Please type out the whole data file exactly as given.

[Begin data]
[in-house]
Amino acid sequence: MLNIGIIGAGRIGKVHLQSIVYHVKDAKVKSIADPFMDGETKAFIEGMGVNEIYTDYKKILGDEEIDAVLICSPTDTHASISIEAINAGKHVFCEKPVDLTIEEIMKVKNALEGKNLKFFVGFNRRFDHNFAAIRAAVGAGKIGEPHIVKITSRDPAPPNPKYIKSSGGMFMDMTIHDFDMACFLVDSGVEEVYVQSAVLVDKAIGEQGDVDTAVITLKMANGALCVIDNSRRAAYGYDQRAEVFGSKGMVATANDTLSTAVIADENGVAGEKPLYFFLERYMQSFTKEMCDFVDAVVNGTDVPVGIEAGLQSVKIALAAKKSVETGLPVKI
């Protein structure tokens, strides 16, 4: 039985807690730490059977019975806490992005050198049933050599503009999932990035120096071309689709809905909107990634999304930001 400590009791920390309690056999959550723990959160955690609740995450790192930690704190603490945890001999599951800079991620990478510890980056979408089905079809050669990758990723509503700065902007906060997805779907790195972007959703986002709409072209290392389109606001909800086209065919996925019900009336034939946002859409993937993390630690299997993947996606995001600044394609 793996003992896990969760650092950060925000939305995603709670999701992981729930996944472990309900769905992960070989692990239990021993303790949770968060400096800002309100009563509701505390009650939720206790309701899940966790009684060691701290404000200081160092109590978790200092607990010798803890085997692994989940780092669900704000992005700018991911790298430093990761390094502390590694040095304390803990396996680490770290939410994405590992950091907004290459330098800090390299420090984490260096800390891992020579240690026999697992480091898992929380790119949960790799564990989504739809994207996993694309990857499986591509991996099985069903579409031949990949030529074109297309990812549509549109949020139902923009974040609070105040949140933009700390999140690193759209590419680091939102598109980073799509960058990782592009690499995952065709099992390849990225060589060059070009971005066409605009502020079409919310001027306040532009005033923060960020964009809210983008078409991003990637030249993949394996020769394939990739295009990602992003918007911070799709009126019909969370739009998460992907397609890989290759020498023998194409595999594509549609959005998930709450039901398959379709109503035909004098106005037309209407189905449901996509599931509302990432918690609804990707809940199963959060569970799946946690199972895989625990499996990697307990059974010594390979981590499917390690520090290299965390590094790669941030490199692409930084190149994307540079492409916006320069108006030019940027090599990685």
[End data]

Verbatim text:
[in-house]
Amino acid sequence: MLNIGIIGAGRIGKVHLQSIVYHVKDAKVKSIADPFMDGETKAFIEGMGVNEIYTDYKKILGDEEIDAVLICSPTDTHASISIEAINAGKHVFCEKPVDLTIEEIMKVKNALEGKNLKFFVGFNRRFDHNFAAIRAAVGAGKIGEPHIVKITSRDPAPPNPKYIKSSGGMFMDMTIHDFDMACFLVDSGVEEVYVQSAVLVDKAIGEQGDVDTAVITLKMANGALCVIDNSRRAAYGYDQRAEVFGSKGMVATANDTLSTAVIADENGVAGEKPLYFFLERYMQSFTKEMCDFVDAVVNGTDVPVGIEAGLQSVKIALAAKKSVETGLPVKI
């Protein structure tokens, strides 16, 4: 039985807690730490059977019975806490992005050198049933050599503009999932990035120096071309689709809905909107990634999304930001 400590009791920390309690056999959550723990959160955690609740995450790192930690704190603490945890001999599951800079991620990478510890980056979408089905079809050669990758990723509503700065902007906060997805779907790195972007959703986002709409072209290392389109606001909800086209065919996925019900009336034939946002859409993937993390630690299997993947996606995001600044394609 793996003992896990969760650092950060925000939305995603709670999701992981729930996944472990309900769905992960070989692990239990021993303790949770968060400096800002309100009563509701505390009650939720206790309701899940966790009684060691701290404000200081160092109590978790200092607990010798803890085997692994989940780092669900704000992005700018991911790298430093990761390094502390590694040095304390803990396996680490770290939410994405590992950091907004290459330098800090390299420090984490260096800390891992020579240690026999697992480091898992929380790119949960790799564990989504739809994207996993694309990857499986591509991996099985069903579409031949990949030529074109297309990812549509549109949020139902923009974040609070105040949140933009700390999140690193759209590419680091939102598109980073799509960058990782592009690499995952065709099992390849990225060589060059070009971005066409605009502020079409919310001027306040532009005033923060960020964009809210983008078409991003990637030249993949394996020769394939990739295009990602992003918007911070799709009126019909969370739009998460992907397609890989290759020498023998194409595999594509549609959005998930709450039901398959379709109503035909004098106005037309209407189905449901996509599931509302990432918690609804990707809940199963959060569970799946946690199972895989625990499996990697307990059974010594390979981590499917390690520090290299965390590094790669941030490199692409930084190149994307540079492409916006320069108006030019940027090599990685």